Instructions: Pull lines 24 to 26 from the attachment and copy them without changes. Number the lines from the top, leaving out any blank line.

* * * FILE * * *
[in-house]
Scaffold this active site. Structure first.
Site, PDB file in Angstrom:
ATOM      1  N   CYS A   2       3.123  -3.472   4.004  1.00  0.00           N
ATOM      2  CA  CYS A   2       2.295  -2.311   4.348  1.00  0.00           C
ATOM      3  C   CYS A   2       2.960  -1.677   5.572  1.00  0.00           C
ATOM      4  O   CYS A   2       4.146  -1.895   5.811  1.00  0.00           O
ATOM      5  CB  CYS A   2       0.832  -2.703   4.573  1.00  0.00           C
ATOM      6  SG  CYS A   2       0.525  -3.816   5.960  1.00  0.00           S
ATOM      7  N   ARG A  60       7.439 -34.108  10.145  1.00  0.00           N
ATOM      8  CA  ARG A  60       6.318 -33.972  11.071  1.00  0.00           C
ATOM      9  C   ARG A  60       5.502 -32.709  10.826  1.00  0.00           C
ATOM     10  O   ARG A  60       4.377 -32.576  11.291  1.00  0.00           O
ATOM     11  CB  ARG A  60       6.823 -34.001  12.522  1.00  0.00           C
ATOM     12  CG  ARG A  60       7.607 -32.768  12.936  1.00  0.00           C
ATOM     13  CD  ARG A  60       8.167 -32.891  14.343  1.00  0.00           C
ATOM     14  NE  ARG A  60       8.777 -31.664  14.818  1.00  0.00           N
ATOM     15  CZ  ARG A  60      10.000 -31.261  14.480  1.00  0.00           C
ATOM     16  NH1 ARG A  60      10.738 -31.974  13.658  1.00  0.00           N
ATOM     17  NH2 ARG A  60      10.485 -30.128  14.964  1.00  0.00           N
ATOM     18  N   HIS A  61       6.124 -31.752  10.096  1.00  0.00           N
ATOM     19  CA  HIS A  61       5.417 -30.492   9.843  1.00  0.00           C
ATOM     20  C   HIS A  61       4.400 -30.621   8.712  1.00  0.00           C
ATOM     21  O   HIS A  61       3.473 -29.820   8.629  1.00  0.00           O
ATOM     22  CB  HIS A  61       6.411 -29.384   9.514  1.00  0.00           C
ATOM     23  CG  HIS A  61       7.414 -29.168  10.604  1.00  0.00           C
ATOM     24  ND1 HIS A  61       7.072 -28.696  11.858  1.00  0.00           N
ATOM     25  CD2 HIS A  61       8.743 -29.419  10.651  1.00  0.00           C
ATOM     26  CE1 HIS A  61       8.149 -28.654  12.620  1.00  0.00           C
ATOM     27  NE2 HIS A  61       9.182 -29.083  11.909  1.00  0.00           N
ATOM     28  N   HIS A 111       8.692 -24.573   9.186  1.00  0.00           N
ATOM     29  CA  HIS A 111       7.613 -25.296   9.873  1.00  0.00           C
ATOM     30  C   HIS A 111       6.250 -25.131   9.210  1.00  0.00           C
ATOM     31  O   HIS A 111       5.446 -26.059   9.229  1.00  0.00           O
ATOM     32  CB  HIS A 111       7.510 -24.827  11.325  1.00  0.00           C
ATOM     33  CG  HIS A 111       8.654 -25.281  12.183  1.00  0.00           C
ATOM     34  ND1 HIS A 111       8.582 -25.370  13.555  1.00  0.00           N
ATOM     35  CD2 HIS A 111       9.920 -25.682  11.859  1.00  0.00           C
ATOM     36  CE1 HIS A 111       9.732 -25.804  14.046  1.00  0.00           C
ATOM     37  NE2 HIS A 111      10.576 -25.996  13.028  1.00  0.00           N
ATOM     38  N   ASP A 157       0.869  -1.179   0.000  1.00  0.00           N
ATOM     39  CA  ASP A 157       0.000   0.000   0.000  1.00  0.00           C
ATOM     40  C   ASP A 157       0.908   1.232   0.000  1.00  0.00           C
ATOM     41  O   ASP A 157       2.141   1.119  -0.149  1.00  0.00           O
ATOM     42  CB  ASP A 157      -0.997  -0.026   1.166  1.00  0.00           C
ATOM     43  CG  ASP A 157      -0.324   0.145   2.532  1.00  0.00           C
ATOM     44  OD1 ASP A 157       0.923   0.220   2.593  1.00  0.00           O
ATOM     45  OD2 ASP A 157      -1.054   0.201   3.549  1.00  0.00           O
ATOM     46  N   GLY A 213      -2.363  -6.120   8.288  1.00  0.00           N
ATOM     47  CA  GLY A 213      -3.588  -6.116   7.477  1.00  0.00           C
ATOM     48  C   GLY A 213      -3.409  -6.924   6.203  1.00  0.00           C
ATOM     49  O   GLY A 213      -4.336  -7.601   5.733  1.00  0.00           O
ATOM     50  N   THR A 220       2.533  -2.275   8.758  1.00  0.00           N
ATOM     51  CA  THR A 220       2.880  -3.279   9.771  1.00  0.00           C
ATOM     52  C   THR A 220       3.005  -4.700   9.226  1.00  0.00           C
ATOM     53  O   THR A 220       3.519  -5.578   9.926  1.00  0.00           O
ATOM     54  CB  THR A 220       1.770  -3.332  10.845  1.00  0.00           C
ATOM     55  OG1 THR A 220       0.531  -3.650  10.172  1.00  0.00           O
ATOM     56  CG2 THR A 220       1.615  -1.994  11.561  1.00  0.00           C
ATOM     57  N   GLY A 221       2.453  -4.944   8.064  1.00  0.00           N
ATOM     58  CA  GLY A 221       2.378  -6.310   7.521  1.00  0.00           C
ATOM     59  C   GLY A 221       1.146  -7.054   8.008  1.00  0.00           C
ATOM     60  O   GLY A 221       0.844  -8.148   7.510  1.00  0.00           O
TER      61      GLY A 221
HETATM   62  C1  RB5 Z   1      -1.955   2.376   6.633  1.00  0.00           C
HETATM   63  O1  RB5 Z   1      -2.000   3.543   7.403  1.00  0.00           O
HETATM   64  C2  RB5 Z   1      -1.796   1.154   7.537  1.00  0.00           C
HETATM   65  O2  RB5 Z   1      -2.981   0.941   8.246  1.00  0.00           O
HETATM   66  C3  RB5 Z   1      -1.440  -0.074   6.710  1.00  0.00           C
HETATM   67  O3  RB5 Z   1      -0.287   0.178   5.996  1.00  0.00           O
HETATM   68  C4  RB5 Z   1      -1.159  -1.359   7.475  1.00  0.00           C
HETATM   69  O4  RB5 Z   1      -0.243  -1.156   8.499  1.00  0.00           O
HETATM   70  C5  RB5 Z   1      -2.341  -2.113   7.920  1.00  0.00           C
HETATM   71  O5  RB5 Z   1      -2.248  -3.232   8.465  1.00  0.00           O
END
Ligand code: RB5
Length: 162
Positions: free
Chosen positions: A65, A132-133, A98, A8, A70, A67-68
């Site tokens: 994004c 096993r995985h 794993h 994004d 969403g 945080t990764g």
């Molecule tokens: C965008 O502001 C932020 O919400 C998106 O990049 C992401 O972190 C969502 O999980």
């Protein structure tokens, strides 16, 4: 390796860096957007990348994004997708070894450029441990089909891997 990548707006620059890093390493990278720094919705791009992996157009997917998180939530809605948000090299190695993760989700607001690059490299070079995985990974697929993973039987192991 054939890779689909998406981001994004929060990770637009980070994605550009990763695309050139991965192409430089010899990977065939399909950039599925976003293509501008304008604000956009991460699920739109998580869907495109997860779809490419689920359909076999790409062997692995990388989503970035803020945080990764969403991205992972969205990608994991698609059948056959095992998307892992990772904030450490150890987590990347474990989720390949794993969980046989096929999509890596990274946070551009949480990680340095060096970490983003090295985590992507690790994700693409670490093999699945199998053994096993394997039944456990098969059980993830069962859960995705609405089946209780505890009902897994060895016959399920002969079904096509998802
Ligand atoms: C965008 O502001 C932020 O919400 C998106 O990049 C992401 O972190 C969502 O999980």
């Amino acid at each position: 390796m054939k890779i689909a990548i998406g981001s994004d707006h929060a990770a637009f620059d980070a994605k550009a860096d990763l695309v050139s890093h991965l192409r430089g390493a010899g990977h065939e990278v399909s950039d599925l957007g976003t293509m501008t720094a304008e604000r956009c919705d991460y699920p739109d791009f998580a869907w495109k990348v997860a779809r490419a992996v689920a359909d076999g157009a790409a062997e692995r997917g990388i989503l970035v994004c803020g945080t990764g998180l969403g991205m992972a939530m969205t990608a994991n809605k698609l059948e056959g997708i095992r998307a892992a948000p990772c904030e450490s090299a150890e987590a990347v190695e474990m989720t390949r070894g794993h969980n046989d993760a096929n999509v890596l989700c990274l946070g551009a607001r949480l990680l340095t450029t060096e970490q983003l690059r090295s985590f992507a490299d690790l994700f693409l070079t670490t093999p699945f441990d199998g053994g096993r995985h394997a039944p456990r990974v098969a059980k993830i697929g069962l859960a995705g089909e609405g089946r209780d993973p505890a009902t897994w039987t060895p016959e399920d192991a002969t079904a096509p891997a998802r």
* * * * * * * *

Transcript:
ATOM     21  O   HIS A  61       3.473 -29.820   8.629  1.00  0.00           O
ATOM     22  CB  HIS A  61       6.411 -29.384   9.514  1.00  0.00           C
ATOM     23  CG  HIS A  61       7.414 -29.168  10.604  1.00  0.00           C